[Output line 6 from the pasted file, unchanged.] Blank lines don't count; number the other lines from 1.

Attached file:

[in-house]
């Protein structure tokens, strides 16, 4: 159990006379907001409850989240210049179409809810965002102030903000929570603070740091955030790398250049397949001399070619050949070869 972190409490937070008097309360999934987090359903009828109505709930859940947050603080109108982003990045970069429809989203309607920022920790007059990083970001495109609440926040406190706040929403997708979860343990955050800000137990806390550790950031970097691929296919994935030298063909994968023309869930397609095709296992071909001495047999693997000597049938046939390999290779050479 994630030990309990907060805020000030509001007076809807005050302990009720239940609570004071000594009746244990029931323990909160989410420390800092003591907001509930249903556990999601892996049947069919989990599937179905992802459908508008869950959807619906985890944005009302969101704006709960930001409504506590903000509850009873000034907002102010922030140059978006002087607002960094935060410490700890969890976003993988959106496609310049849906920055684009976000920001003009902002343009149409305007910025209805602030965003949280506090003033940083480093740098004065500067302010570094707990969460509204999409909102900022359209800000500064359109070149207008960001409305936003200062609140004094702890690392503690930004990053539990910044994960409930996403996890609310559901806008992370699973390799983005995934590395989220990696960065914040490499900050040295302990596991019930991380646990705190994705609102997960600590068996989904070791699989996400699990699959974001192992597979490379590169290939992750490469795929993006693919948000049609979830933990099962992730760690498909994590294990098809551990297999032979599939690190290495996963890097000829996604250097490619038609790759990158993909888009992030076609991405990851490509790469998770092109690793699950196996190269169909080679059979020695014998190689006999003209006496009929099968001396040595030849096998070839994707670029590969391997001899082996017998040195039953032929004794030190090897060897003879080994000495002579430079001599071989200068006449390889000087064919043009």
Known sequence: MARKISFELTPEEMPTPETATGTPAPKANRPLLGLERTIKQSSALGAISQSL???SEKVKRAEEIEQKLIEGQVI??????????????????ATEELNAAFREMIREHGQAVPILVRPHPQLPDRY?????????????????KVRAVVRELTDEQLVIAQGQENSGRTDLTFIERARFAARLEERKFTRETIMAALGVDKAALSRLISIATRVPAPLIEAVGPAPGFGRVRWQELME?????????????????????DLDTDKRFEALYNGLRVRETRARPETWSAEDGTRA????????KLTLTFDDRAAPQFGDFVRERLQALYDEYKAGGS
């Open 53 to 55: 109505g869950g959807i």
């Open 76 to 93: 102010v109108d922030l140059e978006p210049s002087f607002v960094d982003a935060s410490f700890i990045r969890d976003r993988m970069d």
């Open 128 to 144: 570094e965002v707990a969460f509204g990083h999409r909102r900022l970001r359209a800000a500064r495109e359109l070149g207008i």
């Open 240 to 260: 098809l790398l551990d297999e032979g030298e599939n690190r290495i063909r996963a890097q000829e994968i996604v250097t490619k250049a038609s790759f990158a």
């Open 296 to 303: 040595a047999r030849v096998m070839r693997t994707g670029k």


């Open 128 to 144: 570094e965002v707990a969460f509204g990083h999409r909102r900022l970001r359209a800000a500064r495109e359109l070149g207008i």